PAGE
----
Researchers at a university are investigating how health literacy affects diabetes management in a Staffordshire city.
A research team at the Centre for Psychological Research at Keele University are aiming to produce a report for Stoke-on-Trent City Council to offer them a better idea on how to support people with diabetes in the Stoke-on-Trent area.
The ‘Action on health literacy in Stoke-on-Trent: Engaging South Asian men and Young men with Diabetes’ project has been given £49,000 funding from the council.
Principal investigator Dr Emee Vida Estacio, pictured left, told how the project has been commissioned to understand how health literacy impacts on diabetes management.
It comes after the revelation that the city has the worst literacy levels in England.
Dr Estacio said: “This is part of a wider project to engage people with their health. There is an association between low literacy and poor health in this area, and our project is about tackling this issue.
“After research, we found out that the age group we targeted had quite a limited knowledge of healthy eating and a lack of acceptance about their condition.
“They also had poor literacy levels which meant it was difficult to interpret health literacy, and this includes information on prescriptions and medication.
“We have targeted people with diabetes because the prevalence of the condition in Stoke-on-Trent is high.”
According to statistics, 1 in 3 South Asian men in Stoke-on-Trent have diabetes.
Preliminary investigations undertaken by healthcare professionals showed that this ethnic group, along with young men under 30, are less likely to engage with controlling their diabetes.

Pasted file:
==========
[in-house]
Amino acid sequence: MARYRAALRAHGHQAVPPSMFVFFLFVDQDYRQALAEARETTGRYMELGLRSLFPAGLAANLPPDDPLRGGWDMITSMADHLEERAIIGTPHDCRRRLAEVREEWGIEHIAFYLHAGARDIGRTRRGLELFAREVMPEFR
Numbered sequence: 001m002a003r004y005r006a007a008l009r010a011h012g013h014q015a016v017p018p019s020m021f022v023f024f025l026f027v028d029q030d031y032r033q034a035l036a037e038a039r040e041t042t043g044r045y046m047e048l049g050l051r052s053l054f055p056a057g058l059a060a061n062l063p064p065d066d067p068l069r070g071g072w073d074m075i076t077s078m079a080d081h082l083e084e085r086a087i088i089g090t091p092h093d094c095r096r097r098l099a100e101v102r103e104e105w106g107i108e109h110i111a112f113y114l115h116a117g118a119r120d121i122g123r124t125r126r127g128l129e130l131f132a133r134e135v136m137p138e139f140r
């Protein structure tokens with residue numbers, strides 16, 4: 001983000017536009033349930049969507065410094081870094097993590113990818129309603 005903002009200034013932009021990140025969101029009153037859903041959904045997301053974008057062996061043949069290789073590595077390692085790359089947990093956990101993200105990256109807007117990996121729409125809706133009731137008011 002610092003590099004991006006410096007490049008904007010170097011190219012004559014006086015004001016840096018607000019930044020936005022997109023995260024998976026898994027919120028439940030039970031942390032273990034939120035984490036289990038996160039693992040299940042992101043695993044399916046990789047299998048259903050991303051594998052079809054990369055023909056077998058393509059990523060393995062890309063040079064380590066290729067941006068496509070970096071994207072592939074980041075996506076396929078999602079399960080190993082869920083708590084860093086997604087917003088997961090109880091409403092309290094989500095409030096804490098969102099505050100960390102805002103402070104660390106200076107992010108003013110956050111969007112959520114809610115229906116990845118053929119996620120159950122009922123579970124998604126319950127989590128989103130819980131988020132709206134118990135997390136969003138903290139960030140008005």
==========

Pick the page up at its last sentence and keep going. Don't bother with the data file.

Participants were recruited through various methods, including through partnerships with GP practices, social networking and walk-abouts on the streets of Stoke-on-Trent.
The investigation involves participants completing the British version of the Test of Functional Health Literacy in Adults (TOFHLA-UK), which measures a participants health literacy level.
As of February 2012, 45 participants had taken part in the project, and the research team are hoping to interview 50 in total.
Dr Estacio, who is also a lecturer of health psychology at the university, admitted that the project, which began in March 2011, had been quite a challenge.
She said: “We have been to many events all over the city to try and recruit participants.
“The purpose of this project is to engage people into better looking after their health, and according to statistics, the group we have targeted are less likely to engage. Therefore, encouraging people to participate has been a tough task at times.
“However, the response we have had has been good. Although it has taken a lot of time to get our target number of participants, the information we have received has been very thorough.
“We have been keen to do more than sit down and interview participants, but also to get them involved in the project through other methods.”
One of these methods involved encouraging participants to take part in a ‘photovoice’ project- taking snapshots of their daily lives and how they manage their condition.
The photos were put on display in Cobridge Community Centre, based in the city, during an exhibition in December.
Research assistant Toni Karic, pictured right, led this programme, and told how despite only a small number of participants taking part, each made this side of the project their own.
She added: “Each participant showed how personal the condition is.
“They all had different views on diabetes and the photos mainly displayed what effect it had on their lives.
“We had photos of flu jabs, meals, of people injecting- it gave us a very good idea of their experiences.”
The final report of the project is expected for completion in April 2012.
Findings will be used to design an intervention to address some of the issues raised, mainly through a group forum.
The research team are also hoping to apply the knowledge to find out the affect of adult health literacy on the management of other long-term conditions.
Are you conducting research on diabetes? Then get in touch! Contact Lee on firstname.lastname@example.org and let us know about your project!